Sunday, October 08, 2006

If it is a catastrophe, it must be biblical

Many areas of Greece have been hit with torrential rainfall over the past 24 hours, along with dropping temperatures and real fall-like weather. Unfortunately, due to Greece's geography, what with all the mountains and flood plains, many areas have been hit with flooding. This is a sad fact of life in Greece when the rains come in autumn, and lasts through the seasons into winter and part of spring. I suppose this is why the Greek word for summer is καλοκαίρι, which means good weather - thankfully, Greece is blessed with three months (or more) of generally rain-free weather.

Watching the dramatic news coverage of the flooding today I couldn't help but notice, for the ten thousandth time, that every catastrophe of such proportions is deemed by the Greek press as a "biblical" catastrophe. Doesn't matter where it occured - the earthquake in the Middle East? Biblical catastrophe. The tsunami? Biblical. Hurricane Katrina? Yep, biblical. The bombing of Lebanon? Oh yea, it's biblical. Plane crash? Oh wait, they didn't have planes in biblical times. Oops.

I am certainly not making light of what any of these people have gone through, although it seems the Greek media does by labelling everything a biblical catastrophe. Some things just happen. A confluence of science, nature, and bad luck come together and cause these events. Yes, they are catastrophic to the people who are affected. But they aren't wrath of God, Noah's flood type occurrences. In fact, I would say that in general, any area of Greece that is a flood plain (or an inhabited riverbed) that gets flooded is quite far from a biblical catastrophe. It is pretty much a man made catastrophe.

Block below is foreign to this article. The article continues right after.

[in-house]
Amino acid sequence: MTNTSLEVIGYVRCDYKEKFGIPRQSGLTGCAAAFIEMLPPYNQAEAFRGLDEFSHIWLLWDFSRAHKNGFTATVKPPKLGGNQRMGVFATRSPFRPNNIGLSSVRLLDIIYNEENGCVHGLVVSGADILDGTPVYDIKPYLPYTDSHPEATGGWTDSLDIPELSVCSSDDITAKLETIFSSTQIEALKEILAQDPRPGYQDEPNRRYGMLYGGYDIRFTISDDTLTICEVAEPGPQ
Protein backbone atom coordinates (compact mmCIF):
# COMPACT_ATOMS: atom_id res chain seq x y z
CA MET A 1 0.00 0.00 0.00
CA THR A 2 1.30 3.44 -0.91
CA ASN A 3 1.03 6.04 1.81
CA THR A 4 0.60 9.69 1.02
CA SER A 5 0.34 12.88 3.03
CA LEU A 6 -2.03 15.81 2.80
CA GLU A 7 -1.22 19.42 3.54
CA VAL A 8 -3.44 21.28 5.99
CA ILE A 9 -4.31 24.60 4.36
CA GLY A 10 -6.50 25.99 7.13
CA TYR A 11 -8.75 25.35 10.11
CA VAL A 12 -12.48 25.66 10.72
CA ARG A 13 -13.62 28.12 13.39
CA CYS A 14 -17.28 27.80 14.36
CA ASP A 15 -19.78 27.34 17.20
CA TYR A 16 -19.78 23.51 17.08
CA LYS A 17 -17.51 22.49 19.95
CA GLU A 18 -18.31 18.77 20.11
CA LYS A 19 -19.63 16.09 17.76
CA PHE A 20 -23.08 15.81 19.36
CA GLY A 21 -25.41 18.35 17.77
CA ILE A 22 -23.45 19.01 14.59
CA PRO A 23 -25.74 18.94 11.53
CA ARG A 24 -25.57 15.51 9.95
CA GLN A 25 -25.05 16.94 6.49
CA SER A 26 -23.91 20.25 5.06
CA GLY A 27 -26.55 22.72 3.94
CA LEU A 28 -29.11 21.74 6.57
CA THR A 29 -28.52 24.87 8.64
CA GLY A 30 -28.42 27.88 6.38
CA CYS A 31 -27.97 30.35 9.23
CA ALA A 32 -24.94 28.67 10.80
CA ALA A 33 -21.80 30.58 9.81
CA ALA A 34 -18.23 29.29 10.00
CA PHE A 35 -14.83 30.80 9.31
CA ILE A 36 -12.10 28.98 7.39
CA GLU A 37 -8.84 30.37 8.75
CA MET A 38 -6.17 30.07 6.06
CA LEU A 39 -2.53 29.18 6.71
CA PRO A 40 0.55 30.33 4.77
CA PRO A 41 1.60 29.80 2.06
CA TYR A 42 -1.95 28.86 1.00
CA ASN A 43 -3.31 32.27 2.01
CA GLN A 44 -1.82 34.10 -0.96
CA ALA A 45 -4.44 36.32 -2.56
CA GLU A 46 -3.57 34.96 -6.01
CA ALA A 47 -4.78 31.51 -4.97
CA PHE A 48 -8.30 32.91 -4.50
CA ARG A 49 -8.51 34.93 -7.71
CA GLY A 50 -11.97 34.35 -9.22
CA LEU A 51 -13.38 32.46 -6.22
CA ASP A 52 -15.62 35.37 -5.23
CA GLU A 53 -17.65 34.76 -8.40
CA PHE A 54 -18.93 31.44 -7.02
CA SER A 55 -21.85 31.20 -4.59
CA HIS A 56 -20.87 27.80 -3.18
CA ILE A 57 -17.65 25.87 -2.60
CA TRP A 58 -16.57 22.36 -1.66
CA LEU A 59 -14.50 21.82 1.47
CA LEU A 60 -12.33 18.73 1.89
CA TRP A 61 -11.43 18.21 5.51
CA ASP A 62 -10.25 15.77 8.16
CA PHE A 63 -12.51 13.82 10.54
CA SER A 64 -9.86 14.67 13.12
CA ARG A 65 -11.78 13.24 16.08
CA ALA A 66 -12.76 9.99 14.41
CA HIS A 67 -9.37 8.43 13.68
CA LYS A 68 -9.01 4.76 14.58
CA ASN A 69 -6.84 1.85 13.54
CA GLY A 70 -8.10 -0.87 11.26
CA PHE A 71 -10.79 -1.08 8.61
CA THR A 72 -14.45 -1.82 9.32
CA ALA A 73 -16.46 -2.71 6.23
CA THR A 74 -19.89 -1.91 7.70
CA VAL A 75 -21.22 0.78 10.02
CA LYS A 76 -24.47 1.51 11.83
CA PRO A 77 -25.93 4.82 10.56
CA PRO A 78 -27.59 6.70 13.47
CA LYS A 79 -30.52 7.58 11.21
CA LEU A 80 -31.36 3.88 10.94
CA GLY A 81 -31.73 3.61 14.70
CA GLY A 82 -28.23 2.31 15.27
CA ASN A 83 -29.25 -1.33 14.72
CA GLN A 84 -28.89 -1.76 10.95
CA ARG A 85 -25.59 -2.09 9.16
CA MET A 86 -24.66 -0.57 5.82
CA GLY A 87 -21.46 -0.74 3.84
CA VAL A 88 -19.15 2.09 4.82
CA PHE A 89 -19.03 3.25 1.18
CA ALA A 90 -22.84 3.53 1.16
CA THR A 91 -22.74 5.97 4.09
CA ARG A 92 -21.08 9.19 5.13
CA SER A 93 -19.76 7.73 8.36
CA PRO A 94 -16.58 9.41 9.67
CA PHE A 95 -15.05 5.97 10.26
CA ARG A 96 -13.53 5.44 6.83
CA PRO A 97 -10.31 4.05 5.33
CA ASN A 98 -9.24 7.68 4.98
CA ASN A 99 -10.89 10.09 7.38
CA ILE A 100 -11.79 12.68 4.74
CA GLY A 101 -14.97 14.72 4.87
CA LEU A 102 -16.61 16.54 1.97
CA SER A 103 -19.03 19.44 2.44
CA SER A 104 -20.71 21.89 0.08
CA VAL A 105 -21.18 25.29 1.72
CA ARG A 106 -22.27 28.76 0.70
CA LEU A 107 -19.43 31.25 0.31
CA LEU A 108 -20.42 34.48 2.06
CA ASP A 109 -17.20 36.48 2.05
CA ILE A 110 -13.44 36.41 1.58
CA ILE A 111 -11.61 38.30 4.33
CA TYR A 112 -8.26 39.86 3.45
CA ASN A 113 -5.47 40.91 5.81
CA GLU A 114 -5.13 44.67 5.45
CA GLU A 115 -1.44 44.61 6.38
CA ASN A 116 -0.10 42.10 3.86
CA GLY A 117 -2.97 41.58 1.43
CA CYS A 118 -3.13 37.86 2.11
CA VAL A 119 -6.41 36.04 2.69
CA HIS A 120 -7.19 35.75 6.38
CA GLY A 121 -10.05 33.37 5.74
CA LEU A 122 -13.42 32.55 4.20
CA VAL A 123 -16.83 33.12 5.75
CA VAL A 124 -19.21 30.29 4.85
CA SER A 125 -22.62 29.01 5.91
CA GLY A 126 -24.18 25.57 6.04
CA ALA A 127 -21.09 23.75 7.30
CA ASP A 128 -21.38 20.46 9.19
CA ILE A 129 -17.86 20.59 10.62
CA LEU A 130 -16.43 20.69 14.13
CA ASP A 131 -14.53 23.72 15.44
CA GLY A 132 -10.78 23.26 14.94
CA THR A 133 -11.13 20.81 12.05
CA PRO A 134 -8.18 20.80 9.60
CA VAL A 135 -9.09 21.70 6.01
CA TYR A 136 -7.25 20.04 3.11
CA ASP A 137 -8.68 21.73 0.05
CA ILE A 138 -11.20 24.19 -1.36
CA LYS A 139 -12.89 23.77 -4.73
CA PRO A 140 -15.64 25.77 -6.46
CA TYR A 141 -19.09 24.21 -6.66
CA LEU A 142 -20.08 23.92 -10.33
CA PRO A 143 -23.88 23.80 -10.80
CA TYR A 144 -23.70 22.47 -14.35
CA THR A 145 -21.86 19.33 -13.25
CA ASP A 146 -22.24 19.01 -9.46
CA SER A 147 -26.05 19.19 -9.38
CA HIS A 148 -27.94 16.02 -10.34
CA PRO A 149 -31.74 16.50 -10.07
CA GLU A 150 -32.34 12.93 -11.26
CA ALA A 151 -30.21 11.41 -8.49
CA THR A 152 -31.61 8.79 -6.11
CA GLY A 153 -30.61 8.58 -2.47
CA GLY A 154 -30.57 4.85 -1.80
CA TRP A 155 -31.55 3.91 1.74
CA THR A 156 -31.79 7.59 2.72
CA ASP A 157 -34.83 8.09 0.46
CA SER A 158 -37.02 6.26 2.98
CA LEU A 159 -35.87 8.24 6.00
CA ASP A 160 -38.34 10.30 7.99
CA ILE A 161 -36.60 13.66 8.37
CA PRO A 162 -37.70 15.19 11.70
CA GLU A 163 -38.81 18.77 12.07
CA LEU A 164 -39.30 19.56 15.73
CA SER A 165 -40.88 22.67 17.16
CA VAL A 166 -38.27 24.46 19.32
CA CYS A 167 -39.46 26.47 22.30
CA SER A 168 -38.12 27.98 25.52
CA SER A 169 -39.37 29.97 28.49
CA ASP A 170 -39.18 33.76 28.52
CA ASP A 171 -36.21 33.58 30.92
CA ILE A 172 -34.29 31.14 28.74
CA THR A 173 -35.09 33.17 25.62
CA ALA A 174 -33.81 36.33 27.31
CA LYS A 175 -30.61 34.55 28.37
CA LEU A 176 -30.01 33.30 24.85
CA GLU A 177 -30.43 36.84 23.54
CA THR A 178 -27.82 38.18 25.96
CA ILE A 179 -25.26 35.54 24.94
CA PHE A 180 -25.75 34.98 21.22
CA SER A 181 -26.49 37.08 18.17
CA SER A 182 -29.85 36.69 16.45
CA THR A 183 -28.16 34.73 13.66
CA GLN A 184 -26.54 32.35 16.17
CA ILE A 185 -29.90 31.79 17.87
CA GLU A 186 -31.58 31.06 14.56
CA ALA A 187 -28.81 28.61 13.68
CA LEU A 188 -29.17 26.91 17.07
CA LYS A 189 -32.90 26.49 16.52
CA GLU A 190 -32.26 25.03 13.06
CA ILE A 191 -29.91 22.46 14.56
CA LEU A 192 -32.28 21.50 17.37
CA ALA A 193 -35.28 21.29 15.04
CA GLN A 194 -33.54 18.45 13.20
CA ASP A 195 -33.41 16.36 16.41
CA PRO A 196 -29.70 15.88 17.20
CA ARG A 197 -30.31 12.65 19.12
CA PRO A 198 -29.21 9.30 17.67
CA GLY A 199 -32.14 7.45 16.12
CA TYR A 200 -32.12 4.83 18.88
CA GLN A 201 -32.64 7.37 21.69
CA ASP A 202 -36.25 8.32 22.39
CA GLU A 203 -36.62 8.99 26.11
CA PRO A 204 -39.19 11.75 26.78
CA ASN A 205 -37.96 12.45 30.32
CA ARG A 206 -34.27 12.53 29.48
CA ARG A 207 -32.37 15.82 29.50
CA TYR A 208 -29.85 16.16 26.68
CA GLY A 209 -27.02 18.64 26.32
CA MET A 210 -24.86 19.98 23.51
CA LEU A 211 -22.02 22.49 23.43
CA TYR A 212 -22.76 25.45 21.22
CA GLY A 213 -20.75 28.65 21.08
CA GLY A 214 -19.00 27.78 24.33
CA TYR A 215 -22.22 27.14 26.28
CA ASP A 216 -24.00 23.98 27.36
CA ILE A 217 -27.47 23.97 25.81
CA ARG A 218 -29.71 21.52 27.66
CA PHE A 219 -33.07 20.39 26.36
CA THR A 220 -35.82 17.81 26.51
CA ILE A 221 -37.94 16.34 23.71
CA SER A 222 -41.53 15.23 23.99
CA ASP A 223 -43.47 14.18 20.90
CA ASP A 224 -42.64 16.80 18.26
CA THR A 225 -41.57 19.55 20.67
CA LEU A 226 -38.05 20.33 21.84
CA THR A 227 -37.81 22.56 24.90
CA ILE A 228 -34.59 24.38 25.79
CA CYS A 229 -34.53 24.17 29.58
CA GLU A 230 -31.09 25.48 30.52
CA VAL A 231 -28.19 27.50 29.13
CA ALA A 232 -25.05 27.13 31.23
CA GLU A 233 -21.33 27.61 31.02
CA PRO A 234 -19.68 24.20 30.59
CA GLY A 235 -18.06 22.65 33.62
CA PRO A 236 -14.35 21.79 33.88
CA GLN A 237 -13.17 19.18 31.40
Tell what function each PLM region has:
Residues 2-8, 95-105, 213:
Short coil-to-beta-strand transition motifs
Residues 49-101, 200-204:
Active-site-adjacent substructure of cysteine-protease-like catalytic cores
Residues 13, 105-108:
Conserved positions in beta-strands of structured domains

All that being said, I hope that Greece doesn't experience many catastrophes in the upcoming seasons, biblical or otherwise. That goes for the rest of the world, too.


The TechnoBabe said...

That is a nice way to close this post. And you did show compassion for the ones experiencing the tragedies, no matter what they are called. Having never been to Greece, I can only imagine the old world thinking that is still part of the culture, to mix with the new. Must be interesting.

Anonymous said...

I love Jesus!